I was hoping they wouldn’t separate me from my friend Sasha, whom I was traveling with. We had been warned about possible interrogations and security checks but were reassured that since we were both young, female professionals from New York City with American passports, it wouldn’t be a problem to enter Israel. It was going be my third visit and Sasha’s first.

Sasha was called in to be interrogated by a bleach-blonde pregnant woman and was led into a small office to the left of our waiting room. Twenty minutes passed until Sasha came out, walking quickly back to her seat.

She attempted to reassure me. “It’s going to be fine. They just want to see if we’re lying about anything.” But she was obviously flustered.

Now it was my turn.

“Najwa, come.”

– – –

“Do you feel more Arab or more American?” she asked. I had answered the ten previous questions very calmly, but with this question I looked back at the security official confused and irritated. She couldn’t have been much older than me—her business attire and stern facial expressions did not mask her youth.

“I don’t know, I feel both. Why? Does this affect my ability to get in?”

She ignored my question. “Surely you must feel a little more Arab, you’ve lived in many Middle Eastern countries.”

I did not see the correlation. I have never felt the need to choose. “Yes I have but I also lived in the US for the past seven years, and was born there, so I feel both.” My response did nothing to convince her.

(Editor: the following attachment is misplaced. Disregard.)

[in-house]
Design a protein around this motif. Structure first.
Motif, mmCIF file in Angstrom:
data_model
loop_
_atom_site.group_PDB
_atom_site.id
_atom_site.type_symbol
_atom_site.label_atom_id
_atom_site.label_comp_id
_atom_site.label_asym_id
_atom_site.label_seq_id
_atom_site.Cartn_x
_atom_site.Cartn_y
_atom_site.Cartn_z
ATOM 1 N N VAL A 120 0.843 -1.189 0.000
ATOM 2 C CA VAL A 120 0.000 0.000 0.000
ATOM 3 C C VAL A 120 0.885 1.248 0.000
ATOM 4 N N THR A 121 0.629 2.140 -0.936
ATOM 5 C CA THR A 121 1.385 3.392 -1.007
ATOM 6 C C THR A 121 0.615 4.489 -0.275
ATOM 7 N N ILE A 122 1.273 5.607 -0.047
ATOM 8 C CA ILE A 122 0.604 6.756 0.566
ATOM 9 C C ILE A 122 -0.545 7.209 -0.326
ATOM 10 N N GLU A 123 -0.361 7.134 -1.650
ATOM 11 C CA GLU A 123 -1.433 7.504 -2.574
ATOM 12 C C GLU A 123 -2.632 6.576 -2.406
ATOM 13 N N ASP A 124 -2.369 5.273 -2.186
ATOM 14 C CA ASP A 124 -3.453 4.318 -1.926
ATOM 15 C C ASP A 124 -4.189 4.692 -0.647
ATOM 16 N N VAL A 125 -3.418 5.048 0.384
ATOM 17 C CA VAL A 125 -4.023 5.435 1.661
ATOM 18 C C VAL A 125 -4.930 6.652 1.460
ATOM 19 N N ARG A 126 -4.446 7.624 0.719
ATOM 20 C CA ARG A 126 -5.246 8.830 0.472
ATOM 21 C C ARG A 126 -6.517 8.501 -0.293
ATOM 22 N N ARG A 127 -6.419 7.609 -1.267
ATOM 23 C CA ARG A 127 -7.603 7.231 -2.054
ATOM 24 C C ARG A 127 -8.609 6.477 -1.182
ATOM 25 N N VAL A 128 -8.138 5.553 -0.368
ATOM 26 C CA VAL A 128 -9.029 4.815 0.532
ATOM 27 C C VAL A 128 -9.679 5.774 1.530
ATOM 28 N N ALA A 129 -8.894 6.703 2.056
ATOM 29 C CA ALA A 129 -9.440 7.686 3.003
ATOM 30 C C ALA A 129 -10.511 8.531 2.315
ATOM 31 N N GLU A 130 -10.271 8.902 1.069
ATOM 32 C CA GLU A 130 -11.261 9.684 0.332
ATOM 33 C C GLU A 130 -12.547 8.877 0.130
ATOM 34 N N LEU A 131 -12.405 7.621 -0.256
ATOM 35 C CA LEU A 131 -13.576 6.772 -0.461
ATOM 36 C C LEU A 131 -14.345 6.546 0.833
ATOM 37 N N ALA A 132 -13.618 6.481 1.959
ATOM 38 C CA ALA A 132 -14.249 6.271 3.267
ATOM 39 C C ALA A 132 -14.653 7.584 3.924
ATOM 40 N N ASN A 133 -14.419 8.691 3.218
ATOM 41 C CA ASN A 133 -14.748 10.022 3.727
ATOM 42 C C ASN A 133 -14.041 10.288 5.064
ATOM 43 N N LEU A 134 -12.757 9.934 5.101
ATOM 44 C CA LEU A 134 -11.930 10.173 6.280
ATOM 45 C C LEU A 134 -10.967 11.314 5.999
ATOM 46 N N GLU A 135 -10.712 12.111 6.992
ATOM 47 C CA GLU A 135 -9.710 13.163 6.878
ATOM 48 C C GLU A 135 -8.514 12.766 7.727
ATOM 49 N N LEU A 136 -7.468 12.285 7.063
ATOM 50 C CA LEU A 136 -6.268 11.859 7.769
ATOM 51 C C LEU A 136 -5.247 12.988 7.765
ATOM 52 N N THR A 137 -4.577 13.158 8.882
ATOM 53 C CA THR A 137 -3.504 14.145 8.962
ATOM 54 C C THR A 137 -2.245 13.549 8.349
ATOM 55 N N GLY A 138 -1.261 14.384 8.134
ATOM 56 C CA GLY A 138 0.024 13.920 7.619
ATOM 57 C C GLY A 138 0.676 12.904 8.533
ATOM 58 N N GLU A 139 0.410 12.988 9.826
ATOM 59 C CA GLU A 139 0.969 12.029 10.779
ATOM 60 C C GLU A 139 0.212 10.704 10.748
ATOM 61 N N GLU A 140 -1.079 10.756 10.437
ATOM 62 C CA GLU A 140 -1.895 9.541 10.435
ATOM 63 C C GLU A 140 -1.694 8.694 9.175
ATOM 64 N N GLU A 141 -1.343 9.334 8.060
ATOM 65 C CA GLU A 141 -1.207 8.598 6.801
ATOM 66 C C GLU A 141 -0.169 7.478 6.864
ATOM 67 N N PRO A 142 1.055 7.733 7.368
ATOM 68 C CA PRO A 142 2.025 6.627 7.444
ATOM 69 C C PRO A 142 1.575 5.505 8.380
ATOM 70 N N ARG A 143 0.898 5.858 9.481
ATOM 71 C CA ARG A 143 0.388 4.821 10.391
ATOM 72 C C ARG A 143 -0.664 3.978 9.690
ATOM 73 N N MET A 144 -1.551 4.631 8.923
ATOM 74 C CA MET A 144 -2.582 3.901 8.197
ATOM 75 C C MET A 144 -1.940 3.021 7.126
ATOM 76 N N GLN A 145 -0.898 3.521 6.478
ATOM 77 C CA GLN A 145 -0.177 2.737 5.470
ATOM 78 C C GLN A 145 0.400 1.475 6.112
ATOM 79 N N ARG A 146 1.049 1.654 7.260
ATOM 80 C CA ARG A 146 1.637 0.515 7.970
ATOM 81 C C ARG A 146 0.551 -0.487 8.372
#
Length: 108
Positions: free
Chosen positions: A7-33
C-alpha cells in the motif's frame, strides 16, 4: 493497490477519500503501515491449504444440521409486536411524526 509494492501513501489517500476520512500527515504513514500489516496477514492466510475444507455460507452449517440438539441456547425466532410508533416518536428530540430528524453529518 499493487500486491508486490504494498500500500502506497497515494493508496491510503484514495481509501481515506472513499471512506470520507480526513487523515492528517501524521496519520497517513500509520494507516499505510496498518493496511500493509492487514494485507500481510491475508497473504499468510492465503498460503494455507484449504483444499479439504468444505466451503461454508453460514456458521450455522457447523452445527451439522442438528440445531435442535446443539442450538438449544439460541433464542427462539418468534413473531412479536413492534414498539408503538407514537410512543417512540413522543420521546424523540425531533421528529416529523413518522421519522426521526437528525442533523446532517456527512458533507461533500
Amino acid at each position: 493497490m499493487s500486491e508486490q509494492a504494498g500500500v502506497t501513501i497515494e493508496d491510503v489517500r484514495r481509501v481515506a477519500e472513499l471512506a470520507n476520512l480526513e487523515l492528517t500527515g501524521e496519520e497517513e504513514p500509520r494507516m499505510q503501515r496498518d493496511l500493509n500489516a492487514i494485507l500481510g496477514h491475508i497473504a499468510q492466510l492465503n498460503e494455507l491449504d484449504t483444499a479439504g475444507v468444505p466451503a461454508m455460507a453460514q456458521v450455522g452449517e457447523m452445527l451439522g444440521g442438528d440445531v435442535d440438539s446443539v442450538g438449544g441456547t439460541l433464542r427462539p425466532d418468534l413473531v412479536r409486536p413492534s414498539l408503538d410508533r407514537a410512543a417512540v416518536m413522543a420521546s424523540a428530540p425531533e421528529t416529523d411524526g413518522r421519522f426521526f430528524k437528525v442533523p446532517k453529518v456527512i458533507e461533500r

“Hm. Will you go to Al-Aqsa?”

“Yeah, maybe.”

“Will you go to Jewish sites as well?”

“Yes, why not? We want to see everything.”

“But you have been here two times already. Why are you coming now for the third time? You can go to Venezuela, to Mexico, to Canada. It is much closer to New York, and much less expensive!”

I realized the conversation was going nowhere. “Right, but I wanted to come back here again. Don’t you have tourists who come back more than once?”

“I’m asking the questions here,” she replied disgruntled.

“Okay, we are going to do something very interesting now!” Her face transformed from a harsh stare to a slight smirk. She proceeded to type “www.gmail.com” on her computer and then turned the keyboard toward me. “Log in,” she demanded.

“What? Really?” I was shocked.